One of the biggest stars of the 1970s was the professional lard-bucket Mick McManus, who plied his trade as an all-in wrestler. The sport was televised to millions. The parents of the playwright Michael McManus must have calculated that by giving their child the same name as ‘The Dulwich Destroyer’ they would subtly galvanise his intellectual ambitions. Their ploy paid off. The young Michael McManus, lumbered with the identity of a potato-shaped pugilist, seems to have toiled night and day to distinguish himself from his pot-bellied namesake. He succeeded in establishing his intellectual credentials by working as a political diarist, a ministerial adviser, and by writing well-received biographies of Jo Grimond and Ted Heath.
His new play, An Honourable Man, imagines the formation of a post-Brexit centrist party under the leadership of a popular Labour MP, Joe Newman. Deselected by Momentum, Joe stands as an independent against a Corbynite stooge. He wins. Waves of popular acclaim greet this victory and he sets about reshaping British politics from the centre-left.
Joe is a man for our times. The gay son of Czech refugees, he’s able to talk about immigration and LGBTQ rights without being accused of bias. Yet he seems too drippy, too uncharismatic, too much of a plodder to lead a revolt against the establishment. And it’s unclear what he really stands for. Pressed to reveal his core beliefs, he shrugs: ‘I’m on the side of the underdog.’ But sympathy for losers is an emotional reflex, not a political creed. The script delivers a few semi-adolescent asides. ‘The job titles are filthy,’ comments one of Joe’s chums, ‘Chief Whip, Black Rod, Honourable Member.’
McManus has asked a lot of well-placed pals to add authenticity to the production. Su Pollard provides the voiceovers. Shaun Ley reads news clips from what appears to be a BBC studio. Journalists James Naughtie, Carolyn Quinn and Sue Cameron have all contributed recorded material. And backbench MPs Ken Clarke, Nigel Evans and Stephen Pound managed to find time in their busy schedules to contribute waggish prerecorded speeches. (Nothing better to do, lads?)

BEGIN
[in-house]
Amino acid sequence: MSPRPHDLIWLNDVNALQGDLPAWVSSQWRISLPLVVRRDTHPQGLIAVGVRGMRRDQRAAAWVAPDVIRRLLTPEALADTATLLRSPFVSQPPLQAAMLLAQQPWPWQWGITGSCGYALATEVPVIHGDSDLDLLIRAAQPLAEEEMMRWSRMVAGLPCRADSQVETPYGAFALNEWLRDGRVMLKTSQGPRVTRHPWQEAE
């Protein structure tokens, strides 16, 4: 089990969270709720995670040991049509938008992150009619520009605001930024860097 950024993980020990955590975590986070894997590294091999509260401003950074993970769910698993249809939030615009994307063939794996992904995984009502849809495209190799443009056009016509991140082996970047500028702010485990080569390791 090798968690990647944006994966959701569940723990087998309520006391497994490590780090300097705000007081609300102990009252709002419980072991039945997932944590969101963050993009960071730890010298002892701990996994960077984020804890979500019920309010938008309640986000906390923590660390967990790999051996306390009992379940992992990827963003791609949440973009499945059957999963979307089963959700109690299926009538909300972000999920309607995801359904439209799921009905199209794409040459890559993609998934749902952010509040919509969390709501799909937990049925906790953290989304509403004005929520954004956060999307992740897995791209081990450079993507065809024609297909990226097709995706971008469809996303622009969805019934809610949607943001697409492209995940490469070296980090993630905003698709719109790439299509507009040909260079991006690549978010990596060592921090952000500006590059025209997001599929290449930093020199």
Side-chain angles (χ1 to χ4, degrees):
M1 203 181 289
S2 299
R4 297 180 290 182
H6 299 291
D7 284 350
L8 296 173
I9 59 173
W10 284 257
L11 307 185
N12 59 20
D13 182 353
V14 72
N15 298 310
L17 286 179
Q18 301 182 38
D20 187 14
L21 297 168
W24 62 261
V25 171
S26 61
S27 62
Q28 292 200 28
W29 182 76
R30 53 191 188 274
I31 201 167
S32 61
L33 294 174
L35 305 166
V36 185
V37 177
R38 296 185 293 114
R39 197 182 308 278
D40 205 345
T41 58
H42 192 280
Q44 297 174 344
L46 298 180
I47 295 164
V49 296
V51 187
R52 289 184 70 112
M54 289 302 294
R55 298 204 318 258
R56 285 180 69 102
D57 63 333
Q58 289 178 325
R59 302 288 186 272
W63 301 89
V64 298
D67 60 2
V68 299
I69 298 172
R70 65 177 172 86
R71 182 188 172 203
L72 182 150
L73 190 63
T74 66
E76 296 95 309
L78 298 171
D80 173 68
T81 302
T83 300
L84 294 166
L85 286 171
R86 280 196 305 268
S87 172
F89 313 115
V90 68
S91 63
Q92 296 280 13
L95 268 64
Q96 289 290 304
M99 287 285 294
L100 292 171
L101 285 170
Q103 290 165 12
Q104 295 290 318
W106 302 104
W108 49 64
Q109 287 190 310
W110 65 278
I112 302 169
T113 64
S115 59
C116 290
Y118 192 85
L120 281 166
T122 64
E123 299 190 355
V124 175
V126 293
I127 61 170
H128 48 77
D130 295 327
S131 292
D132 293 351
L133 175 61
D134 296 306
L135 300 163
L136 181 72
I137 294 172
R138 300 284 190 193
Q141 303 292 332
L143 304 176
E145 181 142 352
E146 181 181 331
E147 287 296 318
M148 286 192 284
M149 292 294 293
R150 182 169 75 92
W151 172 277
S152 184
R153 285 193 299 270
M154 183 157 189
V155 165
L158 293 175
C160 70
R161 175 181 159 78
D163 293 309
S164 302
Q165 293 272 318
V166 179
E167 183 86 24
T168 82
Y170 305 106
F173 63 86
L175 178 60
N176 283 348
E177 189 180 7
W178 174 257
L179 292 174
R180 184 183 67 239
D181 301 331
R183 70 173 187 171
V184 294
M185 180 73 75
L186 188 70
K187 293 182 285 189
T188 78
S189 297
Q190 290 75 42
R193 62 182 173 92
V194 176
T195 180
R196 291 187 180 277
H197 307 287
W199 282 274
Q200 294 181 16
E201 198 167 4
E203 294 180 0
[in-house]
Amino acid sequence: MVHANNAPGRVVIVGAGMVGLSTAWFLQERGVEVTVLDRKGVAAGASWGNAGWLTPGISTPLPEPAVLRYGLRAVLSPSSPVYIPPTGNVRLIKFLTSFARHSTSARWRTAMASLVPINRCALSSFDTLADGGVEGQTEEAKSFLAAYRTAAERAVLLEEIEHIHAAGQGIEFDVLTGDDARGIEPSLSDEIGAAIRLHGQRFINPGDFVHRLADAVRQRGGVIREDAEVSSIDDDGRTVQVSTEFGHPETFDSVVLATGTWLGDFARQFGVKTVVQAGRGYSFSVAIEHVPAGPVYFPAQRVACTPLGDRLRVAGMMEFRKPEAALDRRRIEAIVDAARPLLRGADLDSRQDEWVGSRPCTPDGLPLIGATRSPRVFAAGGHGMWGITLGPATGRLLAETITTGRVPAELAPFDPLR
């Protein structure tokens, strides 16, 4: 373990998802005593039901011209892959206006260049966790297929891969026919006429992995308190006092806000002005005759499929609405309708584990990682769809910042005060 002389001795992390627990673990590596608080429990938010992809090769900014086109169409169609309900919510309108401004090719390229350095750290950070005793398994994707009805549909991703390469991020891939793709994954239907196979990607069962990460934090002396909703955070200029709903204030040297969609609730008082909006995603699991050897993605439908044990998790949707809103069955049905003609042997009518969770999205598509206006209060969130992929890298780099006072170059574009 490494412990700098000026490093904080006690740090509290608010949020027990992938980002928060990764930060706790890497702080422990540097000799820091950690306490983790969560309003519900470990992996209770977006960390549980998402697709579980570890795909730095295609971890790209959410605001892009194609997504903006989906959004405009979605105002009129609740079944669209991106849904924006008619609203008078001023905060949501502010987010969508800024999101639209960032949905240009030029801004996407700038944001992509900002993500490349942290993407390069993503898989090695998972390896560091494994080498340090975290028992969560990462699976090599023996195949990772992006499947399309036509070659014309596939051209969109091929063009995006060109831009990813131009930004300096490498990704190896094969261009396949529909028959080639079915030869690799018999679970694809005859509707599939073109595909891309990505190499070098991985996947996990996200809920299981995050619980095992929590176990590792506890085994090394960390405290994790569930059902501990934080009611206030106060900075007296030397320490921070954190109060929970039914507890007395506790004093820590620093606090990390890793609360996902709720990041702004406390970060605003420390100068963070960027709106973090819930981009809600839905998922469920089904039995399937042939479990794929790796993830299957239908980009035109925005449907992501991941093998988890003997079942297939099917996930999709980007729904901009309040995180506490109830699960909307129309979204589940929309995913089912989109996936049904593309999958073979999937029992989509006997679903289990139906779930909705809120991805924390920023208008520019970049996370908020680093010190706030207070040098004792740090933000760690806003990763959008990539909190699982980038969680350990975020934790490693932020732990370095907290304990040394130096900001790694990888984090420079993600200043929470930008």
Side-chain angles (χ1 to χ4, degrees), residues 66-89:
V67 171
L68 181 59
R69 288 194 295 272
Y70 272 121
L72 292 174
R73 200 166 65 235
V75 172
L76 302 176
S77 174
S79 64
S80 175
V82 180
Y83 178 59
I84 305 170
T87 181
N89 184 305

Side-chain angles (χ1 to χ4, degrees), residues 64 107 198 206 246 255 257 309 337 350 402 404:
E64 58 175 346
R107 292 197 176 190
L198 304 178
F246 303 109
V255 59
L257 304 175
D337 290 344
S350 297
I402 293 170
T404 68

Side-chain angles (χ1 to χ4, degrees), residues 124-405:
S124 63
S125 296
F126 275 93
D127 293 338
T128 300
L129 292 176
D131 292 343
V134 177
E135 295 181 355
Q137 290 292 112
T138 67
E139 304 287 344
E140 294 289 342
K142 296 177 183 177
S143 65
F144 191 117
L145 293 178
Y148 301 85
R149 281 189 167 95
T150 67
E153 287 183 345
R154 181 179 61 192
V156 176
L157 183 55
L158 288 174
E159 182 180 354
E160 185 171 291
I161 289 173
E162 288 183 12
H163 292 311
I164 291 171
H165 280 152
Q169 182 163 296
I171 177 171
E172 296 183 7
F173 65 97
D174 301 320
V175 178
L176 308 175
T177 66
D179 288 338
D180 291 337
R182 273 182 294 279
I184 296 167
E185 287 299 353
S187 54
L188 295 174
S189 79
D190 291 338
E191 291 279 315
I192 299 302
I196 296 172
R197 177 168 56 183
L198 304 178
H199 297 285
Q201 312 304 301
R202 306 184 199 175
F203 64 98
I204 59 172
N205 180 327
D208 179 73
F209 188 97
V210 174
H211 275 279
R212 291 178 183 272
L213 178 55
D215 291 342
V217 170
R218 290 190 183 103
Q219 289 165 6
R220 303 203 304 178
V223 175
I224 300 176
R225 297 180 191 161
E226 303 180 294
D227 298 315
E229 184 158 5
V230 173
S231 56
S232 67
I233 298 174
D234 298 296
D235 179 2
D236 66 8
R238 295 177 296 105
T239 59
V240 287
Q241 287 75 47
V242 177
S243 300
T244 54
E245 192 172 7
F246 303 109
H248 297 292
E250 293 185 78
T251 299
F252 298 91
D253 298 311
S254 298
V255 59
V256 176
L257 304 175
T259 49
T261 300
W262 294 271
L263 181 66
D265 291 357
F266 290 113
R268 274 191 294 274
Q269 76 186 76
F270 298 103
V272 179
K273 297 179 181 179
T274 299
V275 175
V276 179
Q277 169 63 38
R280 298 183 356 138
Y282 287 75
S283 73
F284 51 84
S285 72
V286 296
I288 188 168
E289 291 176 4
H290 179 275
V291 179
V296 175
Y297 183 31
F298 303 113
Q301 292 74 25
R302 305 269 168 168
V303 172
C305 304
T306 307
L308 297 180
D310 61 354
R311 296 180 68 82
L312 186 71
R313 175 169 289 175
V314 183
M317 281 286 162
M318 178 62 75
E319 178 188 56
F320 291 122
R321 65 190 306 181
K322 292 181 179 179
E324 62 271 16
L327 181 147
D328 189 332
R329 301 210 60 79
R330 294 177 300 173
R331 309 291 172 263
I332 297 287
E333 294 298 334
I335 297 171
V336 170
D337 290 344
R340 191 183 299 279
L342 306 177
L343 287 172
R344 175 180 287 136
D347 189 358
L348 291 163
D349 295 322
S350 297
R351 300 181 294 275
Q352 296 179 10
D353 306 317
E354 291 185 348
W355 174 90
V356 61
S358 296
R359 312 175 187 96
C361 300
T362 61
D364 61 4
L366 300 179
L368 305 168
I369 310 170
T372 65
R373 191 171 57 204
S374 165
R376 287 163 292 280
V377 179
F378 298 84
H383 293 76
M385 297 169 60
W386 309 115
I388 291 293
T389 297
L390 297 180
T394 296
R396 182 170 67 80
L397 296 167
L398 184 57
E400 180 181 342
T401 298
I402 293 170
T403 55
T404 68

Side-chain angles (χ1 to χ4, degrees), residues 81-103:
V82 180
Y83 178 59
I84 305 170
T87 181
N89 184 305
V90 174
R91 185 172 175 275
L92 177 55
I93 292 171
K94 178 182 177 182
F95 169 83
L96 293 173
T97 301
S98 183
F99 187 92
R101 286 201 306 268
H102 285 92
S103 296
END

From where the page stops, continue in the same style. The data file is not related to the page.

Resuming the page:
The playwright’s impressive contact list would have benefited from the inclusion of a script editor, who might have handled the play’s romantic elements more artfully. Before the story begins, Joe has been ousted by a devout Corbynista who was also his lover. That’s a great set-up for a play because it holds the romantic and the political interests of both partners in perilous disharmony. But McManus tosses this promising affair aside and introduces us to Joe’s new young adviser who friskily tries to seduce his boss. That affair fails too quickly and is also discarded. Not a bad play but some way short of brilliance.
Slovenly and ill-prepared pantos are an annual Christmas hazard. I once saw a celebrity dame who forgot his lines, waddled into the wings and came back with a script from which he read his entire performance. The Lyric Hammersmith has created the opposite of festive garbage. Dick Whittington is a smash. Writers Jude Christian and Cariad Lloyd have given the story a light-hearted political twist. The super-evil Queen Rat, leader of the Alt-Rat movement, tries to cheat her way to victory in the mayoral election. Opposing her is Dick Whittington, played as a daft Welshman, who forms an alliance with the slinky Tom Cat and an angelic fairy, Bow Belles, who was once Queen Rat’s best friend.
The show is aimed at youngsters but the writers can’t resist the odd adult treat. The dame runs a bistro with a coffee-machine labelled ‘Grindr 2000’. ‘I like an early riser,’ she pouts when the star of the show arrives for breakfast. ‘I can’t say I was expecting Dick at this time of the morning.’ When Dick leaves London he stows away on a ship named Boaty McBoatface where his fellow sailors welcome him as a ‘salty seaman’ who must ‘work his passage’. I don’t want to suggest that the show is vulgar throughout. The blue gags occur at the reasonable rate of one every 15 minutes.
Some of the performances are outstanding. Keziah Joseph (Tom Cat) is smart and cockily amusing. Jodie Jacobs (Bow Belles) has a formidable comic talent and her amazing voice can pack the emotional punch of Aretha’s. Margaret Cabourn-Smith (Mayor Pigeon) has superb comic instincts and a rare ability to magnetise the gaze: when she enters a scene she becomes its focus. Carl Mullaney’s charismatic dame has the twinkly sadness of Larry Grayson. And Sarah-Louise Young (Queen Rat) plays farce like a rocket-fuelled Rik Mayall. There was a moment when she pointed at a random adult in the stalls and screamed: ‘What’s your name!?’ Her victim replied mildly, ‘Russell.’ ‘No it’s not!’ she shrieked, stamping her feet. ‘It’s Mr Poo Poo!’ The house collapsed laughing. Me too. No idea why. I just did.
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